Your loved ones and your healthcare providers would only know your thoughts on the matter if you relayed your wishes. If you did not, likely the default mode to place a breathing tube would occur. Whatever your thoughts may be on the matter, communicate them to your family - especially to your medical power of attorney [read Post 4 - Eleven Common Myths about the Medical Power of Attorney (MPOA)] - and then again, if you were to change your mind.
Sometimes doctors express their worries that a person's lung disease is so severe that it would be difficult, even unlikely, that they would be able to stabilize this person's breathing off the ventilator if their lung functioning were to deteriorate to the point of requiring ventilator assistance. "Your COPD is very severe. I'm worried that if we intubate you - meaning, we put the breathing tube in and connect you to the breathing machine - we may not be able to get you off the breathing machine, which we call the ventilator. We need to talk about your priorities and goals of care and what you consider quality of life, so we can together make the best plan on what to do next."
In these cases, some people might say that they would want to completely avoid intubation, accepting at most noninvasive forms of respiratory support (meaning, breathing equipment that do not go into the airway) such as CPAP (continuous positive airway pressure). With noninvasive forms of breathing support, one would wear a mask over the nose or nose and mouth instead of having a breathing tube placed inside their mouth and airway. Air pressure is pushed through this particular type of mask to keep one's airways open. A person who uses these forms of noninvasive breathing support must remain alert enough to breathe on their own.
[If a person with respiratory failure had difficulty using CPAP, which pushes one pressure level of air, they could be switched to BIPAP (bilevel positive airway pressure), which pushes a greater pressure of air during inhalation and a smaller pressure of air during exhalation, making it easier to exhale "against" the pressure. There are other types of specialized noninvasive respiratory equipment that could potentially be attempted in certain situations.]
The hope would be that the noninvasive forms would be adequate to buy a person's lungs time to recover from their acute illness and start working independently again.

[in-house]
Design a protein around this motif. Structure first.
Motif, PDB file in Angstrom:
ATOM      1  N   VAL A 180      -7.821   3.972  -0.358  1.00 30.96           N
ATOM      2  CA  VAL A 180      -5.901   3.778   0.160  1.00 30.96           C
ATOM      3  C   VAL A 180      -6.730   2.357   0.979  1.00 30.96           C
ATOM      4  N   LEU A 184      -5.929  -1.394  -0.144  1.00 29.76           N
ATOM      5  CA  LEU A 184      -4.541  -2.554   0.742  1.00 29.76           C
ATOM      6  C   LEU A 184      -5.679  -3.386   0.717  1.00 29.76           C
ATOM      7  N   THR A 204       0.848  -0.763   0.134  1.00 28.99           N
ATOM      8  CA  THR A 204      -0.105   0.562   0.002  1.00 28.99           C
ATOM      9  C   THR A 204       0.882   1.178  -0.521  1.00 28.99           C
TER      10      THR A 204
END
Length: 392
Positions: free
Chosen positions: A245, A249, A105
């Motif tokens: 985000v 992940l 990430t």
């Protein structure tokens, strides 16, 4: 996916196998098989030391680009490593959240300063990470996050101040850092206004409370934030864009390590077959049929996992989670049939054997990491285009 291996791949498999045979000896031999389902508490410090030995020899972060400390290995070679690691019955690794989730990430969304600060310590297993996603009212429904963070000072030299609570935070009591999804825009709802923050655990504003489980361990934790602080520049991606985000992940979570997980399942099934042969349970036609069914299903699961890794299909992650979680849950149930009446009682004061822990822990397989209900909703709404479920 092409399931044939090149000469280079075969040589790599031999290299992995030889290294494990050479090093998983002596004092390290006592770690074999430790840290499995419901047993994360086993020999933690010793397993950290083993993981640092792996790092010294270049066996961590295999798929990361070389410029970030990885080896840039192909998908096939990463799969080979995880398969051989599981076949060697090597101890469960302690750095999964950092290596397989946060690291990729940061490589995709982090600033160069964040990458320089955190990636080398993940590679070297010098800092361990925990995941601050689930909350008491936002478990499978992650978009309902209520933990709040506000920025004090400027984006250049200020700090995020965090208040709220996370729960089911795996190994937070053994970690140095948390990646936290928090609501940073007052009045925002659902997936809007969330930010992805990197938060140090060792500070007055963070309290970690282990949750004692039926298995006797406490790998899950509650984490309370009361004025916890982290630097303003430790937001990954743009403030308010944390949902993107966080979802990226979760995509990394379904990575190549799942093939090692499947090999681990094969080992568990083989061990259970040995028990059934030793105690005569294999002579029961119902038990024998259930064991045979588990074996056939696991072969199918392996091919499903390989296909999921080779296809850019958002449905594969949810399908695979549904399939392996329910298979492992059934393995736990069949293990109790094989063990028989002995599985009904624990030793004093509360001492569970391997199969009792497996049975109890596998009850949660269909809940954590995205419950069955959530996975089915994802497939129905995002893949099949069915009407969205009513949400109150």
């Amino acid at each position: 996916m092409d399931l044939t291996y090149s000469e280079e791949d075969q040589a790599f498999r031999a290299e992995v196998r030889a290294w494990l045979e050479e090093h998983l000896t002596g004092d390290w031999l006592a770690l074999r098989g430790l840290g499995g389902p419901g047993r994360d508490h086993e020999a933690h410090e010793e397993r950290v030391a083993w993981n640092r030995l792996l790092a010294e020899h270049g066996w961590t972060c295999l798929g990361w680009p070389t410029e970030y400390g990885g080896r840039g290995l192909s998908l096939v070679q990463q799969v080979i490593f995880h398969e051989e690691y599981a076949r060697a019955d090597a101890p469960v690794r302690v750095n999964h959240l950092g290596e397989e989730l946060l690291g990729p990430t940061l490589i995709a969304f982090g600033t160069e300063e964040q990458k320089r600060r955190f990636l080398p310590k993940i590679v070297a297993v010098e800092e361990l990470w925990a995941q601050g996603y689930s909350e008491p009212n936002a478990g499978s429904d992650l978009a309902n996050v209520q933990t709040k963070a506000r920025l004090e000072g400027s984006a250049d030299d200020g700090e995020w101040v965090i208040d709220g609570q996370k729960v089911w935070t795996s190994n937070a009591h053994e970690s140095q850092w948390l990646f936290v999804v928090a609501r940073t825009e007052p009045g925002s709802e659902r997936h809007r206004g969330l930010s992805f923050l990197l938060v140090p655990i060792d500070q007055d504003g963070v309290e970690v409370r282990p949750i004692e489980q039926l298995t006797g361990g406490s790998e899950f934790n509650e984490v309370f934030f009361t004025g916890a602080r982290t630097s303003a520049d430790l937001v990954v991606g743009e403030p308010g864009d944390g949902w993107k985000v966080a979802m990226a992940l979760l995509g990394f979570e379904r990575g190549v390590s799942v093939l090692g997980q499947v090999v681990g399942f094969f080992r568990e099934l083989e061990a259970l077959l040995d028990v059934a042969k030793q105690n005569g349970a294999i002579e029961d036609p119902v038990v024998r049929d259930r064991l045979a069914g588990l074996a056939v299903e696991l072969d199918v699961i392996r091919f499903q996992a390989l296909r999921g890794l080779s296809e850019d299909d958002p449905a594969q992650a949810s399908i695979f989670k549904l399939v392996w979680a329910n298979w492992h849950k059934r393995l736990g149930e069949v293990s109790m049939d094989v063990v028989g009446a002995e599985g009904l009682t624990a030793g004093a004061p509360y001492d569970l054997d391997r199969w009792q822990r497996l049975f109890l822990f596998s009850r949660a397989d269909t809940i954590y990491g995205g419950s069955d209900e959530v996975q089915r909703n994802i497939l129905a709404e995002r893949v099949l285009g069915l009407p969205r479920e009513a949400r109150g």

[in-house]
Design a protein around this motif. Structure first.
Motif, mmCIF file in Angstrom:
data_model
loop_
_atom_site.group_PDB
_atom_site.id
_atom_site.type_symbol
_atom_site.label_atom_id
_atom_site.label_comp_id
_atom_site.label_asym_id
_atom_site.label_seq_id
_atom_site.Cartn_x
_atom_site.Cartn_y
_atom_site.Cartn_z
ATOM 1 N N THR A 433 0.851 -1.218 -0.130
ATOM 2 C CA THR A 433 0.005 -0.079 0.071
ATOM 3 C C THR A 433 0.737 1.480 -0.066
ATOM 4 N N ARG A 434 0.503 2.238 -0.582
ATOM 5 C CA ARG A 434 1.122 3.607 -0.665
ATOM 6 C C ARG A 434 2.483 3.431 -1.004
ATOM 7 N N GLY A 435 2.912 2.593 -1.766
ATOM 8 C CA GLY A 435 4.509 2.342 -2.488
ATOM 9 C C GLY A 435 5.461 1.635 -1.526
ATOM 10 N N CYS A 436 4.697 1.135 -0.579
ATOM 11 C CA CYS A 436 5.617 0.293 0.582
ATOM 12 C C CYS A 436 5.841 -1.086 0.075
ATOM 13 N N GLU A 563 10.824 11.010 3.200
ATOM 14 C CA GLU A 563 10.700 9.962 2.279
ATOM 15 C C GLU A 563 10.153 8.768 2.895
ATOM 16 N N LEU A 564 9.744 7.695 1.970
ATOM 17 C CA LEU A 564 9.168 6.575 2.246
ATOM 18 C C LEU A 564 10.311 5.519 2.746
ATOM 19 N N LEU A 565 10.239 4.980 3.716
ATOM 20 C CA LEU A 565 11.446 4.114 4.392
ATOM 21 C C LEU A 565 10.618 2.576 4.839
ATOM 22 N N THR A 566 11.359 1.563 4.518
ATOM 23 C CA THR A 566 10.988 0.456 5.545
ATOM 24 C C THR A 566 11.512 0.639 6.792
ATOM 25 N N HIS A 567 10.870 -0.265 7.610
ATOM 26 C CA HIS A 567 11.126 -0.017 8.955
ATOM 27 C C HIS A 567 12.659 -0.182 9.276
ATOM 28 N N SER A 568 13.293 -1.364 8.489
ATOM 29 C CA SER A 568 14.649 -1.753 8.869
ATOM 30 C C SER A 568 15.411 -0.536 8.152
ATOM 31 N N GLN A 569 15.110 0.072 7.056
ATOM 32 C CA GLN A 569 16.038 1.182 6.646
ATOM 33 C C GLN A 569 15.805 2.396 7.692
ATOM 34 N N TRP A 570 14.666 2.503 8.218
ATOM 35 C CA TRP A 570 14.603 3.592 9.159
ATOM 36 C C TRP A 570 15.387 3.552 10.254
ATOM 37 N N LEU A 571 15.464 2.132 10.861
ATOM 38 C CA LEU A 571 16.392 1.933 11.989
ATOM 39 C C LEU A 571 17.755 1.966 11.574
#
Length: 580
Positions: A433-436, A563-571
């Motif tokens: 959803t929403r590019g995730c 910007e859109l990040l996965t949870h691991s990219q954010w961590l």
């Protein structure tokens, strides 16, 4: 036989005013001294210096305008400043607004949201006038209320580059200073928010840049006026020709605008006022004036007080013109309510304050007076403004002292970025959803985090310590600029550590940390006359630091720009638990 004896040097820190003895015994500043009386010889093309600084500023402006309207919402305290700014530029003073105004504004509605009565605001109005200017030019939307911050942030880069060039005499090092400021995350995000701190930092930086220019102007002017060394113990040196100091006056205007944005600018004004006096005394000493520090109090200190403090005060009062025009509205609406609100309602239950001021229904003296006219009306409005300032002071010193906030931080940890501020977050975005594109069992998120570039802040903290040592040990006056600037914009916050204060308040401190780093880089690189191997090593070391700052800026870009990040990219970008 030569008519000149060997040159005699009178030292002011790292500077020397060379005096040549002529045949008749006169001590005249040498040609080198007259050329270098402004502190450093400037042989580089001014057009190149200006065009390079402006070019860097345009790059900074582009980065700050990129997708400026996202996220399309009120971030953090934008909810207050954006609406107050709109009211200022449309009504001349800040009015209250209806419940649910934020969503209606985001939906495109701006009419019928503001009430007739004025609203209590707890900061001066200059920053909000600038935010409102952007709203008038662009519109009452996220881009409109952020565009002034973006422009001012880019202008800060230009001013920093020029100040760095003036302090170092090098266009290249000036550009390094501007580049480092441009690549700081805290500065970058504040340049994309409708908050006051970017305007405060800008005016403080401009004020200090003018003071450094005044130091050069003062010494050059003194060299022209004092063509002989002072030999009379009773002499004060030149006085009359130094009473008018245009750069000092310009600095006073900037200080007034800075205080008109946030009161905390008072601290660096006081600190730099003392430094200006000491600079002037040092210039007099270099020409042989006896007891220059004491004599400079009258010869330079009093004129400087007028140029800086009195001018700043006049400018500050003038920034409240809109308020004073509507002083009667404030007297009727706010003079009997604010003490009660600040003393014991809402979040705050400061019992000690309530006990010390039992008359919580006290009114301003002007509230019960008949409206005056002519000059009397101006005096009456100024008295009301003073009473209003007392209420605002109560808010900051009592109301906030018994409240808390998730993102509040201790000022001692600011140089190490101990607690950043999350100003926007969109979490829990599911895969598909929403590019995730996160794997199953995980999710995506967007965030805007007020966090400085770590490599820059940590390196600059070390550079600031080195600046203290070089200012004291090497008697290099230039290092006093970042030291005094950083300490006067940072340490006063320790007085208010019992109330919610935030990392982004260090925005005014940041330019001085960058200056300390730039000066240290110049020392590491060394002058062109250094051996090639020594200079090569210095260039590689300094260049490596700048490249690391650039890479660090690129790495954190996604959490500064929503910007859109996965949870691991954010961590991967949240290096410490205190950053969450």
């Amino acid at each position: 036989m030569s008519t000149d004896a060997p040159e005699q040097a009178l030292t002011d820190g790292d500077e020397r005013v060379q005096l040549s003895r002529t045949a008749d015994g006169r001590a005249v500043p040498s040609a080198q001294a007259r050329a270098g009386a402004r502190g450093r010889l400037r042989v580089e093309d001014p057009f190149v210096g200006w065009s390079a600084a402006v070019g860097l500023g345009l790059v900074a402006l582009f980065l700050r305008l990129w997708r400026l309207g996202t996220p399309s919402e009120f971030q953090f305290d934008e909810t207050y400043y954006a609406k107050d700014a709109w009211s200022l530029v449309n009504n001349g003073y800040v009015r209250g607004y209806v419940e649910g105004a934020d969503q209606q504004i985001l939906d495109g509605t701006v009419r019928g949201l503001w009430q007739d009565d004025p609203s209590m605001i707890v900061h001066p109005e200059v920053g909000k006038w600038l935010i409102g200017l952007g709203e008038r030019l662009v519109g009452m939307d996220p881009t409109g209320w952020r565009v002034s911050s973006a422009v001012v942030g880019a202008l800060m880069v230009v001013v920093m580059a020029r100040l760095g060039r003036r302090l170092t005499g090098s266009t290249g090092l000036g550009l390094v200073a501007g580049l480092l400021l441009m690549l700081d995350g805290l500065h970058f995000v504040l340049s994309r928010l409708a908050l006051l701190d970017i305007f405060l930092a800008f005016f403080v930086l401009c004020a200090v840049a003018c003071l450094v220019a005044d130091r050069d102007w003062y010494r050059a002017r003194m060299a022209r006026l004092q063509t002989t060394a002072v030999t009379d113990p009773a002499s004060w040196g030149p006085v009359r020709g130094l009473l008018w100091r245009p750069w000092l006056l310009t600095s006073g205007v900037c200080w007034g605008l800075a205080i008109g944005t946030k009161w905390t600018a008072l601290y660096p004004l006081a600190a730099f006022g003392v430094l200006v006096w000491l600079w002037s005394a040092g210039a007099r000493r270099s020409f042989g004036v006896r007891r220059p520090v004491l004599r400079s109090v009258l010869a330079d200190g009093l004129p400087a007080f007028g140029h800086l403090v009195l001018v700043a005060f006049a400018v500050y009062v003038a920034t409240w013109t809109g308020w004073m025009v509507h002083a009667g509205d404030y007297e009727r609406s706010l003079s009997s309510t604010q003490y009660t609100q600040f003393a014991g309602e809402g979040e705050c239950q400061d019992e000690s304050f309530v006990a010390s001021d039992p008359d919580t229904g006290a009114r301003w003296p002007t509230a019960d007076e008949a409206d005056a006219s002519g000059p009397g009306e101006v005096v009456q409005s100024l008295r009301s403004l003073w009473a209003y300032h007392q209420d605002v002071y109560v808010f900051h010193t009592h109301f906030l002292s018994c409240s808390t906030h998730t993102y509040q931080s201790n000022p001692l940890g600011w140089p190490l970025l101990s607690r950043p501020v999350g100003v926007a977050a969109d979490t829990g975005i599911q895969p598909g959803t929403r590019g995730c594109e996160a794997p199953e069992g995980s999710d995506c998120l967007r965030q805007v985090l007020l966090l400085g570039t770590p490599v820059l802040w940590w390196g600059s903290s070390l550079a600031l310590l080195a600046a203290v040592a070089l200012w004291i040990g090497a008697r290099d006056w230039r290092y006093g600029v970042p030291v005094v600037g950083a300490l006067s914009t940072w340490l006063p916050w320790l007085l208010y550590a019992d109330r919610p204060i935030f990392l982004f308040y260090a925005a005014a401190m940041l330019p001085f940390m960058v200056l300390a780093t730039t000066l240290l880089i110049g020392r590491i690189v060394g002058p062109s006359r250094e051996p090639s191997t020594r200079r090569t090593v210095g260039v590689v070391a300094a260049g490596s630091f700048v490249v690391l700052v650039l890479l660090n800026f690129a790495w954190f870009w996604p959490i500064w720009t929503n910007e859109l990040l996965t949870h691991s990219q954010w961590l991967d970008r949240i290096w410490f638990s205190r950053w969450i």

Sometimes, however, a loved one's lung functioning does worsen or the loved one loses alertness. If they had already clearly expressed wishes against intubation, this would normally be the time for family and healthcare providers to honor their loved one's wishes and focus on providing comfort and minimizing symptoms of breathlessness with medications. These would be the new goals of their loved one's medical care until their loved one died from respiratory failure (read Post 38: Choosing Where, When, and How a Loved One Dies Takes Knowledge, Action, and Courage).
Of course, this shift of thinking is often very difficult for family members. Therefore, if you as the patient had clear preferences on how you yourself would choose to make certain medical decisions that you suspect may be emotionally hard for your family members to contemplate, then the best thing you could do to attempt to reassure your close family and friends and increase the chances that your wishes would be honored is to talk about them with your close family and friends.
I hope this post provides some clarity about a commonly asked question regarding advance directives for those living with chronic respiratory, pulmonary, breathing, or lung issues. This topic is not easy to bring up - so as with many aspects of life, it is a matter of weighing potential future regret over not discussing these matters against the awkwardness in bringing them up now when you have the time and space to discuss them in a non-urgent manner. I do provide suggestions on how you could bring up advance directives in Post 19: Bringing Up Medical Power of Attorney (MPOA) Doesn't Have to Be Awkward - A Six Step Guide, which I hope are helpful for future conversations.